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Kate Byrnes

Postgraduate Associate

Department: Social Work, Education and Community Wellbeing

Kate joined the University in January 2021, as a Senior Research Assistant, within the Social Work, Education & Community Wellbeing department.

The SafeST study, ran by CI Dr Jason Scott, is aiming to develop a better understanding of incident reporting in care homes and specifically in transitions in care between hospital and care home organisations. 

Kate Byrnes

Research Themes and Scholarly Interests

Kate has a diverse range of research interests covering the public health domain. Specifically, Kate research interests are in health inequalities, learning disabilities, avoidable and preventable deaths, health systems and service provision.    

Current projects:

  • Developing a co-designed systems-level response to safety issues for residents transitioning from hospital to care homes (SafeST study, - January 2021 to December 2022
  • Identifying the barriers and facilitators for people with severe mental illness and/or learning disabilities for PErson Centred Cancer Screening services (PECCS) - Starting March 2022

Key Publications

  • Please visit the Pure Research Information Portal for further information
  • Residents transitioning between hospital and care homes: protocol for codesigning a systems-level response to safety issues (SafeST study), Scott, J., Brittain, K., Byrnes, K., Dawson, P., Mulrine, S., Spencer, M., Waring, J., Young-Murphy, L. 6 Jan 2022, In: BMJ Open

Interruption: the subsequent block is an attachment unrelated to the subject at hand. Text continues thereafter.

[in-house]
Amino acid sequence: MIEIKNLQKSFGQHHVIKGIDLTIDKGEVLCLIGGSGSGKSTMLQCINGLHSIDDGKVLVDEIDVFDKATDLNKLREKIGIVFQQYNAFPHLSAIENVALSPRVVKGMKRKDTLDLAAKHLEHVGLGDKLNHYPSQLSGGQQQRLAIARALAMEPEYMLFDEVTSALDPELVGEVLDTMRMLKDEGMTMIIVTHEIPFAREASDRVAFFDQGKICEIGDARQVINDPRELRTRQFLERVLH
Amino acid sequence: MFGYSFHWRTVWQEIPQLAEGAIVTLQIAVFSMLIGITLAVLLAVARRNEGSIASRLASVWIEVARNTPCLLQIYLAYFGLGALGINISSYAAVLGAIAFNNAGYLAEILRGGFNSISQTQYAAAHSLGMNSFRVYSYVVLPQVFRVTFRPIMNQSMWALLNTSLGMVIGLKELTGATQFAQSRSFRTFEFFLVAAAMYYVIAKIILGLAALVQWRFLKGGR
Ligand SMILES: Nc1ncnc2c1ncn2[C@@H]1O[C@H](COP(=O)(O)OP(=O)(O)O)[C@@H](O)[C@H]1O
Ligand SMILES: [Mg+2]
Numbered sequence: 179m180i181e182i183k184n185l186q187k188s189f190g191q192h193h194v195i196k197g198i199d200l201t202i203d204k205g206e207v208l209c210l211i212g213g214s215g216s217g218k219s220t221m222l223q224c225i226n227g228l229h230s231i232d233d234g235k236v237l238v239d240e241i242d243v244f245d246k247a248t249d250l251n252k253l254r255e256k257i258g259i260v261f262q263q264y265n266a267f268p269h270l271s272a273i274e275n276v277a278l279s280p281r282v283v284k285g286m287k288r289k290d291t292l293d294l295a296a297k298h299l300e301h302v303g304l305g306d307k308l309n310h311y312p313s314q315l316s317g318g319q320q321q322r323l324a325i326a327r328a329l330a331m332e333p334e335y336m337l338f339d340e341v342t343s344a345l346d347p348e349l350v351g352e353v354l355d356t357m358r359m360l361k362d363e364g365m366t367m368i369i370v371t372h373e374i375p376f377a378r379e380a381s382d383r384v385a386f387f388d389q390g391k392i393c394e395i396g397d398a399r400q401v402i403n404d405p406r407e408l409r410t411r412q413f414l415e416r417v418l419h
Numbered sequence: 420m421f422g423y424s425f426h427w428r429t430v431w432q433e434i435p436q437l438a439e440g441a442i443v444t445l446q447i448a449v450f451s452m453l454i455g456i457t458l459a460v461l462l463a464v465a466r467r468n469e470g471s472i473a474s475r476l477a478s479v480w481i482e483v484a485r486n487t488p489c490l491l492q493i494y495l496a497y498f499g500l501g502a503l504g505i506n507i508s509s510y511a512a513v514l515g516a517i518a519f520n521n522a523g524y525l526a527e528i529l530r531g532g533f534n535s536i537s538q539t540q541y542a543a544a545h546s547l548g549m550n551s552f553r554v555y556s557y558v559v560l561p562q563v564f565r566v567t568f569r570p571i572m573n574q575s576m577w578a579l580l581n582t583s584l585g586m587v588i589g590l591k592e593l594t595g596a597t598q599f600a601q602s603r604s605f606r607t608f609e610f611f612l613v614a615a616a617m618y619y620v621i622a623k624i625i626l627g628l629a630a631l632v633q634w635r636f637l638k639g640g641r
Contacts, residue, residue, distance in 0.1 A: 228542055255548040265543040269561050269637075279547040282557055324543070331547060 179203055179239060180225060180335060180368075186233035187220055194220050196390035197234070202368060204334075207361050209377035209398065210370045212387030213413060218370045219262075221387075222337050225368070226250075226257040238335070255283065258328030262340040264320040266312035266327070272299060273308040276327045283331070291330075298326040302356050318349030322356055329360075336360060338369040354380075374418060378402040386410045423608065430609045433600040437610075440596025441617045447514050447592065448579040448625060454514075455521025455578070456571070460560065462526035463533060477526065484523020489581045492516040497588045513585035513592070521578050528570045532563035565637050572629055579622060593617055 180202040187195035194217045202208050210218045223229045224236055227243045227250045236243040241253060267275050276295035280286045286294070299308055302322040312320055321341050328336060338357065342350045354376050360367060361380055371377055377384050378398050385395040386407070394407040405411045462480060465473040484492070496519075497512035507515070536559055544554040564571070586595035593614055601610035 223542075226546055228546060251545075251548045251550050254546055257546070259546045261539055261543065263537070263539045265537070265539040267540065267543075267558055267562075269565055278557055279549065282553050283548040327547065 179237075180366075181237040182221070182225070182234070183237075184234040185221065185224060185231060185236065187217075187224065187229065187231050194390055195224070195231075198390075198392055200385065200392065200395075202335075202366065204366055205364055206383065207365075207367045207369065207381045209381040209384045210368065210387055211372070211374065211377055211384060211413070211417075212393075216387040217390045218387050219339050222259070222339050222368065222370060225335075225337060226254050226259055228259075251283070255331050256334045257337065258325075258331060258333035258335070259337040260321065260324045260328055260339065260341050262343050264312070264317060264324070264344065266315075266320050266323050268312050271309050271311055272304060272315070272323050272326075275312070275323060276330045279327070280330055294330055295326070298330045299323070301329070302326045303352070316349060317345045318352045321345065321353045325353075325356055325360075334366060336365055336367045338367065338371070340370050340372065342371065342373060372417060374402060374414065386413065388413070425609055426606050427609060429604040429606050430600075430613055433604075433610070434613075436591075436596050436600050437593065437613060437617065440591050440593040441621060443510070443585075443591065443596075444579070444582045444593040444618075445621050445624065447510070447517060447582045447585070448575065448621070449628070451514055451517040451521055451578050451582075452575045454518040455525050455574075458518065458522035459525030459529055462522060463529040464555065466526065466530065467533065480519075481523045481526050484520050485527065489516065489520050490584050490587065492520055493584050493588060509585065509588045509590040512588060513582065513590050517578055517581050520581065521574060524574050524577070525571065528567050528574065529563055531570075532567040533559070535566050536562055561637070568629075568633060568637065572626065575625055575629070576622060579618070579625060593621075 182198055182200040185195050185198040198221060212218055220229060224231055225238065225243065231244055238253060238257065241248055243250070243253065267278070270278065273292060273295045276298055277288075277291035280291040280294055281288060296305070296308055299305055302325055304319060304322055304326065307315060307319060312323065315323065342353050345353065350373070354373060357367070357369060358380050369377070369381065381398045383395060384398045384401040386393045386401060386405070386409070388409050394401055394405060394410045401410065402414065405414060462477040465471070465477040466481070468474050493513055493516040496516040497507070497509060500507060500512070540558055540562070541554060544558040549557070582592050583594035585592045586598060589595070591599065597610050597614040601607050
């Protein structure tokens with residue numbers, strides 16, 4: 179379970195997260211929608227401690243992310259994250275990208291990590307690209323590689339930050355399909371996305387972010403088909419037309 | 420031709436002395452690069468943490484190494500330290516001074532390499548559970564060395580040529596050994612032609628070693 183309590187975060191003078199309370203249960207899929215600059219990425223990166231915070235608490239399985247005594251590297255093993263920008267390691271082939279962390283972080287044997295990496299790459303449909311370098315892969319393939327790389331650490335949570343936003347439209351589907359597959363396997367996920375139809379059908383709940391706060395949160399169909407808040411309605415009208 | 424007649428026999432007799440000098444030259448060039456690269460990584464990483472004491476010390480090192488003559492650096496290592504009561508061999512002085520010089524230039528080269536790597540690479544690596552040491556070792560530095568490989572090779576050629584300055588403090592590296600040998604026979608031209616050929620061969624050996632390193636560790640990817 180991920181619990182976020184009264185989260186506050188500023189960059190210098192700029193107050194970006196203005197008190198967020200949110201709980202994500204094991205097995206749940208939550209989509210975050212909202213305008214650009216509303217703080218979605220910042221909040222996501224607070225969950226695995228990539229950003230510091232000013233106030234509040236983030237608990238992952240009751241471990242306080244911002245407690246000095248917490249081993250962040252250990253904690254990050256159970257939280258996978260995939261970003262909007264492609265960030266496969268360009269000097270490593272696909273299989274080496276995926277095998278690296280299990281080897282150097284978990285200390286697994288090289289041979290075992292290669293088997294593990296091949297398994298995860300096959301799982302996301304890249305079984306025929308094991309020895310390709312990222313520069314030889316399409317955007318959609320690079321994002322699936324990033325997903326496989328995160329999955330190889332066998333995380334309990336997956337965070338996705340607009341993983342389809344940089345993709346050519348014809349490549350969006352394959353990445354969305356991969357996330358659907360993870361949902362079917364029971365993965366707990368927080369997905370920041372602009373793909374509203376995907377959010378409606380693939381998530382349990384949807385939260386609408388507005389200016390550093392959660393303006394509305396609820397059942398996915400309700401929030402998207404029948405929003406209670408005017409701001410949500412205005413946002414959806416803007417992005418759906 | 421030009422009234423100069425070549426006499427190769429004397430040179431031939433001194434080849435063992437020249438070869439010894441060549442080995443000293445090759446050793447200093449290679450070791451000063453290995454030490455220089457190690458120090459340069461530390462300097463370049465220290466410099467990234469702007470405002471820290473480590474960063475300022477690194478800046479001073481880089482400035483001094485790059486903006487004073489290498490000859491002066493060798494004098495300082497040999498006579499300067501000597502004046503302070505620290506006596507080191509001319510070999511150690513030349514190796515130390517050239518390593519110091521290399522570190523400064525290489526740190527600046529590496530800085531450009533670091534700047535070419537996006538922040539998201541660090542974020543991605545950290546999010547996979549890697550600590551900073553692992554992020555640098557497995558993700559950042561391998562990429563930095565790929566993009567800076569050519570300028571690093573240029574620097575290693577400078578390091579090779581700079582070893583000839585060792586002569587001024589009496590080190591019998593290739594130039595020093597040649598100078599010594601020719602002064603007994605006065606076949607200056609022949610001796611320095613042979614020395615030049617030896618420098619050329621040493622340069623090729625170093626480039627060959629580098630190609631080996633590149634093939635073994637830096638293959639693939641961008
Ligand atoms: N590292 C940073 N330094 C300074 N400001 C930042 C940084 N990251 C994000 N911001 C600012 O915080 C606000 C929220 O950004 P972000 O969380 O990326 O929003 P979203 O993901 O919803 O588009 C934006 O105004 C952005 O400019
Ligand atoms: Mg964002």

• A systematic review and qualitative synthesis of the experience of living with colorectal cancer as a chronic illness, McGeechan, G., Byrnes, K., Campbell, M., Carthy, N., Eberhardt, J., Paton, W., Swainston, K., Giles, E. 26 Jan 2021, In: Psychology & Health
  • Improving psychosocial provision for patients in hospital utilising a therapeutic volunteer to career model which reduced bank spend: A ‘Plan-Do-Study-Act’ project, Byrnes, K., McKeown, D. 6 Apr 2021, In: British Journal of Health Care Management
  • 500-word thesis - Revealing the attitudes and opinions of women with a learning disability and their carers towards cervical and breast cancer screening, Byrnes, K. 2020
  • Attitudes and perceptions of people with a learning disability, family carers, and paid care workers towards cancer screening programmes in the United Kingdom: A qualitative systematic review and meta-aggregation, Byrnes, K., Hamilton, S., McGeechan, G., O'Malley, C., Mankelow, J., Giles, E. 1 Mar 2020, In: Psycho-Oncology
  • Socio-Ecological Influences on Adolescent (Aged 10–17) Alcohol Use and Unhealthy Eating Behaviours: A Systematic Review and Synthesis of Qualitative Studies, Scott, S., Elamin, W., Giles, E., Hillier-Brown, F., Byrnes, K., Connor, N., Newbury-Birch, D., Ells, L. 15 Aug 2019, In: Nutrients

Further Information

Kate has a BSc (Hons) and MSc in Psychology and recently completed her PhD in Public Health. Kate used the Socio-Ecological Model to understand why women with learning disabilities are less likely, than women without learning disabilities, to attend cervical and breast cancer screening. Kate has used Q methodology to engage with women with learning disability, family carer and paid carers to understand their attitudes, opinions and experiences.

Kate is also an Associate Fellow of the Higher Education Academy and has extensive involvment in learning and teaching of research methods (including systematic reviews) and topics relating to primary healtchare of people with learning disabilities. Prior to starting her PhD, Kate worked in a local NHS Foundation Trust as a Research and Development Facilitator, where she had responsibility for collating ethical approval for research, setting up research studies and monitoring throughout the researchs team frame. 


  • Health Studies MSc October 04 2016
  • Psychology BSc (Hons) September 01 2015
  • Health PhD

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